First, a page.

Farewell Shane Warne

Yesterday, Rod Marsh died. That was a shock. He was the wicket-keeper for the Australian cricket team from 1970 to 1984 – basically I never knew any other wicket-keeper for almost my entire childhood. He was part of the legendary trio with Greg Chappell and Dennis Lillee who cemented my love for the sport from as soon as I watched it. Losing Marsh was a shock.

But I woke up this morning to the news that Shane Warne had also died of a heart attack, late yesterday. Marsh was a legend in the sport of cricket. Shane Warne was an absolute, unrestrained Force of Nature.

Shane Warne came along in the next generation of cricketers after Marsh. Cricket was a sport dominated by batsmen and by fast bowlers. Suddenly, here was this fresh-faced blond kid who seemed to eschew any sort of fitness routine that a professional sports player should maintain. He bowled leg spin – a style of bowling that had gone out of fashion before I was born. I’d never seen it before. It was new and it was weird, and oddly captivating.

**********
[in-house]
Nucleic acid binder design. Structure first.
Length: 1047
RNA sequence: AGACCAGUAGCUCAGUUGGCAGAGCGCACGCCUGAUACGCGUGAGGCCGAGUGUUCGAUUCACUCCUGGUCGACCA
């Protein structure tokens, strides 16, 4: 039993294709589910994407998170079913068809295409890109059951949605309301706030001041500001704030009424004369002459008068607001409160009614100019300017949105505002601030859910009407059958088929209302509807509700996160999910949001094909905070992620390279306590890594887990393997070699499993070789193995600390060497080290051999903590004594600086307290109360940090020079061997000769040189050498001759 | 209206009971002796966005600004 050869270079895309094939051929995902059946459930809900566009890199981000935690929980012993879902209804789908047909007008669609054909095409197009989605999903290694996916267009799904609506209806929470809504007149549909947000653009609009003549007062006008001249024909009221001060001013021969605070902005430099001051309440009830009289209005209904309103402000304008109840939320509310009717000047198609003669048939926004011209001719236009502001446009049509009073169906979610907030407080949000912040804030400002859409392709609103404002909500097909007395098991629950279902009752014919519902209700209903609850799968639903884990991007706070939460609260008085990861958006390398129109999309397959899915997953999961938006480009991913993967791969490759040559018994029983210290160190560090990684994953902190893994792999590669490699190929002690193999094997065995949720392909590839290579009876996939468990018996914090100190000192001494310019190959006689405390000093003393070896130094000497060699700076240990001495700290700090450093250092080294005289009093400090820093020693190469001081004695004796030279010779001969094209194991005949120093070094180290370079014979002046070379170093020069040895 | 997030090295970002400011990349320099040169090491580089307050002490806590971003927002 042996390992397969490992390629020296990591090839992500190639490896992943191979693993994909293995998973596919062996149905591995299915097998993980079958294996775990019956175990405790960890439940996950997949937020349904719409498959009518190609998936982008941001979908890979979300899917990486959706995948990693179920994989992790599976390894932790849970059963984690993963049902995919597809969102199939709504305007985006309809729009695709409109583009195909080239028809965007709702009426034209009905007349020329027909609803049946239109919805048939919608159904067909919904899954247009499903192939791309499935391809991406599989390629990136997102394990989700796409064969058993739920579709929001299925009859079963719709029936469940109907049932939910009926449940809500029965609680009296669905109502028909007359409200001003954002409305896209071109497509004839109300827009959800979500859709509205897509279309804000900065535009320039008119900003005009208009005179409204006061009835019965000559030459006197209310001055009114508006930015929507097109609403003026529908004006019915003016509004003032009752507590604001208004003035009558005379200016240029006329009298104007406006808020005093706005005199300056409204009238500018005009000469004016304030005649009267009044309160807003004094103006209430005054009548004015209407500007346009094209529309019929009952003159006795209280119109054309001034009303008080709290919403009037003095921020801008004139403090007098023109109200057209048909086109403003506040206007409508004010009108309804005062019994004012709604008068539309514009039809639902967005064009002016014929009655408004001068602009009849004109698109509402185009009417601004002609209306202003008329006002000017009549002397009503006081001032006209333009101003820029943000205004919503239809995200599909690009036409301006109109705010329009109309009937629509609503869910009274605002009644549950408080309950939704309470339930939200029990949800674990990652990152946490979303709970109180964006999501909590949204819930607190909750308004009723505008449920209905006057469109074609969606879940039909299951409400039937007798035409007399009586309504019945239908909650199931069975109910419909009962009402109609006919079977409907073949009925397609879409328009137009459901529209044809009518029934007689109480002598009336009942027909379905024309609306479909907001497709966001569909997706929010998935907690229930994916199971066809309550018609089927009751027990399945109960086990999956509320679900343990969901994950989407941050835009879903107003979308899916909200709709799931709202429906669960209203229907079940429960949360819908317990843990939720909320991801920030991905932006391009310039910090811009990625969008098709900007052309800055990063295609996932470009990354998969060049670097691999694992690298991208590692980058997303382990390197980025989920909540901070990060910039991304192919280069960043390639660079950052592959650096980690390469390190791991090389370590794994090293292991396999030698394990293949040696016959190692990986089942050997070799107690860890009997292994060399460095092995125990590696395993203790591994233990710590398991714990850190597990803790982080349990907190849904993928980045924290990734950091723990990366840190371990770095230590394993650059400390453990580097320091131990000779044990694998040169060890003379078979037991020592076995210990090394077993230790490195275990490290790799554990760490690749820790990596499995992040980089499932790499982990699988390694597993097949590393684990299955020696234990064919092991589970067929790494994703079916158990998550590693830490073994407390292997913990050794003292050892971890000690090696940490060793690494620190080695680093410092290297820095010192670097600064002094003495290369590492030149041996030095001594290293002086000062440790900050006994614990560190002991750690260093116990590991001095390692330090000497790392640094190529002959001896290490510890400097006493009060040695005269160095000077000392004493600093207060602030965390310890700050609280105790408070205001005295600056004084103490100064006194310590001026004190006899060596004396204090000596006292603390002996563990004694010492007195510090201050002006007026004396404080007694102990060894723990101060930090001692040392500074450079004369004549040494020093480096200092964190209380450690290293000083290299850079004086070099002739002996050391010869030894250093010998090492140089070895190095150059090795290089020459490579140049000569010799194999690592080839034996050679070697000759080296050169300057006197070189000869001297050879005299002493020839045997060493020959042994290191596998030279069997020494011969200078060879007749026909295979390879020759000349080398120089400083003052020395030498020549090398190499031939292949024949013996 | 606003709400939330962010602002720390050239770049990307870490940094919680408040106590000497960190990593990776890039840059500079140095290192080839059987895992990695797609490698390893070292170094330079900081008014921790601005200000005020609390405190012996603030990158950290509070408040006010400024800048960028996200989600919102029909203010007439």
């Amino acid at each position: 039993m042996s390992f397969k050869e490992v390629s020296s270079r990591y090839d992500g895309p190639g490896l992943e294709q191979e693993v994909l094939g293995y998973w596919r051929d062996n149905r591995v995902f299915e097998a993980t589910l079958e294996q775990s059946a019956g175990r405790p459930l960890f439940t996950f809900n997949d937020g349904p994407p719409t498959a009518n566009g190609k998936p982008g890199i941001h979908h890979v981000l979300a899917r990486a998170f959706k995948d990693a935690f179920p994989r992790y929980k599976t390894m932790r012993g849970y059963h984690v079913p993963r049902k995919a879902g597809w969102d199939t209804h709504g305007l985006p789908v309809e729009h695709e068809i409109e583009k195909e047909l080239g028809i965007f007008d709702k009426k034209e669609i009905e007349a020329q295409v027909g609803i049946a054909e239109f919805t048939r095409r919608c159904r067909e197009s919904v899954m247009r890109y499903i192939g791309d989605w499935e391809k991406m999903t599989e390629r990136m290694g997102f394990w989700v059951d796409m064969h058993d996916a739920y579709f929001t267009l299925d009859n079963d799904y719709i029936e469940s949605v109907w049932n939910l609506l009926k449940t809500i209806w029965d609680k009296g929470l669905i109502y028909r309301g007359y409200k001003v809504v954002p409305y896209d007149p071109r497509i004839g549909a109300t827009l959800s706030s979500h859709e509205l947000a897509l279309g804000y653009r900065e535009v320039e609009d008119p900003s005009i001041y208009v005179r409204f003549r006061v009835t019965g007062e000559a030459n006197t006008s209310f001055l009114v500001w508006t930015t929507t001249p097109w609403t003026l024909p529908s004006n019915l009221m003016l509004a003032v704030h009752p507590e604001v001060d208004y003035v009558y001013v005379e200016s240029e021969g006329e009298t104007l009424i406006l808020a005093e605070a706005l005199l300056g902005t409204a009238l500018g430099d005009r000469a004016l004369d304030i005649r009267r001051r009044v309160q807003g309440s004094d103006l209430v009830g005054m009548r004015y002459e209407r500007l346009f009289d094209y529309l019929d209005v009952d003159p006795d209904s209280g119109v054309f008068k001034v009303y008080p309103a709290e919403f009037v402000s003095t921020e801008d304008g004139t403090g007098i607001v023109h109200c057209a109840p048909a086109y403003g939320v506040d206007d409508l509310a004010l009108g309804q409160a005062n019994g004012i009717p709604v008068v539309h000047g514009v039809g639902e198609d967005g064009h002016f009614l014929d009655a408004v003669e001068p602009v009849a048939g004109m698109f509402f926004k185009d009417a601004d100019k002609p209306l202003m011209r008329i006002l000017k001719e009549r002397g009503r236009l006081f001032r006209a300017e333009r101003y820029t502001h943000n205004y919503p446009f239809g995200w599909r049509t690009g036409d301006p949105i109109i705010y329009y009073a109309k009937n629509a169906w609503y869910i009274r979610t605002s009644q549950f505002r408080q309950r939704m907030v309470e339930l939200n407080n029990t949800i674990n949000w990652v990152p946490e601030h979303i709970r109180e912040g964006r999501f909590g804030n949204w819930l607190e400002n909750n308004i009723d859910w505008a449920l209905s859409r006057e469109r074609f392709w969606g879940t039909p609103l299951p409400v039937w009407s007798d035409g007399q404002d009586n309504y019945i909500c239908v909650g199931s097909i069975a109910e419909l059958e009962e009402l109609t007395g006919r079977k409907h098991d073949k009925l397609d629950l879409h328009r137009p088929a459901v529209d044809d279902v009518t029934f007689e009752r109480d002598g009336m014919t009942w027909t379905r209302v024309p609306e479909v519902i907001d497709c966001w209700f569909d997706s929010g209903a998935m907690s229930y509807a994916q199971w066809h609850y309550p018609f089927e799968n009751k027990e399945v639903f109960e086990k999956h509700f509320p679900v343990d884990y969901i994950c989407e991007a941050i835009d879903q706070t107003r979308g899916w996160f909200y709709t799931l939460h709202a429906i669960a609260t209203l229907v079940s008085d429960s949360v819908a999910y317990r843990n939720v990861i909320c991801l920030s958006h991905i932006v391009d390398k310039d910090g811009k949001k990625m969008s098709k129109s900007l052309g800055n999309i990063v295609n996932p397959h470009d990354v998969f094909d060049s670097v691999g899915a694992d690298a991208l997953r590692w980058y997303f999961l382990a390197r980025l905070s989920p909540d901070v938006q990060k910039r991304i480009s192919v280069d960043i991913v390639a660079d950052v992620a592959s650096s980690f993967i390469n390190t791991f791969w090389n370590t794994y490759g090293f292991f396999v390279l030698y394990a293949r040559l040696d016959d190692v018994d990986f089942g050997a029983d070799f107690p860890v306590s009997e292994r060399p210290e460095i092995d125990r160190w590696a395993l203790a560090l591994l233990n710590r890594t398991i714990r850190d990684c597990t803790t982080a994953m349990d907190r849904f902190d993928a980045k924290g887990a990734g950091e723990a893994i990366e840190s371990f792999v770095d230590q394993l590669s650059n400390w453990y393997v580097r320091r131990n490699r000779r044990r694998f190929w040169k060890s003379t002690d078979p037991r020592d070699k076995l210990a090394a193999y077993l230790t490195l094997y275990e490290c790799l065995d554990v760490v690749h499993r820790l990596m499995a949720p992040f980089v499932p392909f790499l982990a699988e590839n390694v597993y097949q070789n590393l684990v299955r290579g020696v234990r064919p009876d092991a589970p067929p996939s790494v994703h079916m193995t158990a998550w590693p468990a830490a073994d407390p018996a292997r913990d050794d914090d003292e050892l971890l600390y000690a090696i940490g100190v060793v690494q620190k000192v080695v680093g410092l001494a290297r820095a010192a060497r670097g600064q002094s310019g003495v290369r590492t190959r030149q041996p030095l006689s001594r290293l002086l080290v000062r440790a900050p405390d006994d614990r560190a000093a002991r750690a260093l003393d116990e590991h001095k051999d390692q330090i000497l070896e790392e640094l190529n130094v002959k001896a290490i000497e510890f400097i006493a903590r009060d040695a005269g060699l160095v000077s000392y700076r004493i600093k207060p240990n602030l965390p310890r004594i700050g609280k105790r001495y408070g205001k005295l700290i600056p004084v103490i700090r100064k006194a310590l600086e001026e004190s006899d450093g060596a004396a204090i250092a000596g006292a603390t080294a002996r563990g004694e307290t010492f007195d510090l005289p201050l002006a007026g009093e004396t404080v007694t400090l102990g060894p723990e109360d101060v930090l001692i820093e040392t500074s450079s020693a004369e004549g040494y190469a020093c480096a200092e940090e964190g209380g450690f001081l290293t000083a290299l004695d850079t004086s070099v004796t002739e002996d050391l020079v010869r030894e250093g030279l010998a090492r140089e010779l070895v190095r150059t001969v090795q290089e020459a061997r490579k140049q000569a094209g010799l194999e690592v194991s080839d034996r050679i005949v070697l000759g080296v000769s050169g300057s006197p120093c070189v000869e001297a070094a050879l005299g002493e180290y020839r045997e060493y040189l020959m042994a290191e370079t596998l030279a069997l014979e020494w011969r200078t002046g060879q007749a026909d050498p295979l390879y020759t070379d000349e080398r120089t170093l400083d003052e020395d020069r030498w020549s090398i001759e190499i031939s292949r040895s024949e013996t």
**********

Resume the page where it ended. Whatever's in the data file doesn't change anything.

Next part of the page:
In his first game against the Old Enemy, England, Warne awaited his chance to prove himself. The very first ball he bowled was to Mike Gatting. That one delivery changed everything. Warne worked a miracle, spinning the ball off the pitch with such ferocity that Gatting could do nothing but watch it and be amazed when it hit his wicket. It was the Ball of the Century – a single delivery so significant that it has its very own Wikipedia page.

Shane Warne was on his way to a record-breaking 708 Test wickets, revitalising a bowling style that most people considered dead. Soon kids on the streets of London, Sydney, and Mumbai were copying Warne’s style, and a new generation of leg spin bowlers was born. Warne single-handedly revolutionised the game of cricket more than any other player since World War II.

He was astonishing to watch. I feel privileged to have grown up watching cricket in the era that Shane Warne played. He was a flawed personality off the field, not a great role model. But on the field… Every time he came up to bowl in a game, it was electrifying, like lightning about to strike.

Heart attack at age 52. Far too young for a legend.

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